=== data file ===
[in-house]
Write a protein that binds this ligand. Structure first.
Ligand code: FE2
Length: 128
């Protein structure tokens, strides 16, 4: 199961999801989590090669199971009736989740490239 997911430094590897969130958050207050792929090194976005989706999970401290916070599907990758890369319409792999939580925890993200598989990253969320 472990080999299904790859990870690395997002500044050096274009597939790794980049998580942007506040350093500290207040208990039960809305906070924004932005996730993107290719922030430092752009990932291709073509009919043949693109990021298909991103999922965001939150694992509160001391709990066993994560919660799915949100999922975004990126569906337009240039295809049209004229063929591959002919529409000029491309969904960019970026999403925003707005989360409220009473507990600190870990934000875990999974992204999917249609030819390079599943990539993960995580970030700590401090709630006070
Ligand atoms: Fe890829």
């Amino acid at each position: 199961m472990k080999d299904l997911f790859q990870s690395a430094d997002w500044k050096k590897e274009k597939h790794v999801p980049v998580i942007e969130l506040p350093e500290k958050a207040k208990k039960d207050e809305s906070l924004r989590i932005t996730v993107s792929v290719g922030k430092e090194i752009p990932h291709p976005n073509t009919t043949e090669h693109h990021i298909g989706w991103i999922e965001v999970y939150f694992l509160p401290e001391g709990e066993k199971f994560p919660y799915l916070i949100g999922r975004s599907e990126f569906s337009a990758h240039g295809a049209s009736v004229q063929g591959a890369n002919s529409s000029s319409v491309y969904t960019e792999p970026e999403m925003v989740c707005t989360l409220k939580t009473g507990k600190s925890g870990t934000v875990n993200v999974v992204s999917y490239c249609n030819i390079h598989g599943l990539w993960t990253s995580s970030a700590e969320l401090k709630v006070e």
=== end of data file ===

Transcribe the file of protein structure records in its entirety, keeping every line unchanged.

[in-house]
Write a protein that binds this ligand. Structure first.
Ligand code: FE2
Length: 128
């Protein structure tokens, strides 16, 4: 199961999801989590090669199971009736989740490239 997911430094590897969130958050207050792929090194976005989706999970401290916070599907990758890369319409792999939580925890993200598989990253969320 472990080999299904790859990870690395997002500044050096274009597939790794980049998580942007506040350093500290207040208990039960809305906070924004932005996730993107290719922030430092752009990932291709073509009919043949693109990021298909991103999922965001939150694992509160001391709990066993994560919660799915949100999922975004990126569906337009240039295809049209004229063929591959002919529409000029491309969904960019970026999403925003707005989360409220009473507990600190870990934000875990999974992204999917249609030819390079599943990539993960995580970030700590401090709630006070
Ligand atoms: Fe890829």
């Amino acid at each position: 199961m472990k080999d299904l997911f790859q990870s690395a430094d997002w500044k050096k590897e274009k597939h790794v999801p980049v998580i942007e969130l506040p350093e500290k958050a207040k208990k039960d207050e809305s906070l924004r989590i932005t996730v993107s792929v290719g922030k430092e090194i752009p990932h291709p976005n073509t009919t043949e090669h693109h990021i298909g989706w991103i999922e965001v999970y939150f694992l509160p401290e001391g709990e066993k199971f994560p919660y799915l916070i949100g999922r975004s599907e990126f569906s337009a990758h240039g295809a049209s009736v004229q063929g591959a890369n002919s529409s000029s319409v491309y969904t960019e792999p970026e999403m925003v989740c707005t989360l409220k939580t009473g507990k600190s925890g870990t934000v875990n993200v999974v992204s999917y490239c249609n030819i390079h598989g599943l990539w993960t990253s995580s970030a700590e969320l401090k709630v006070e």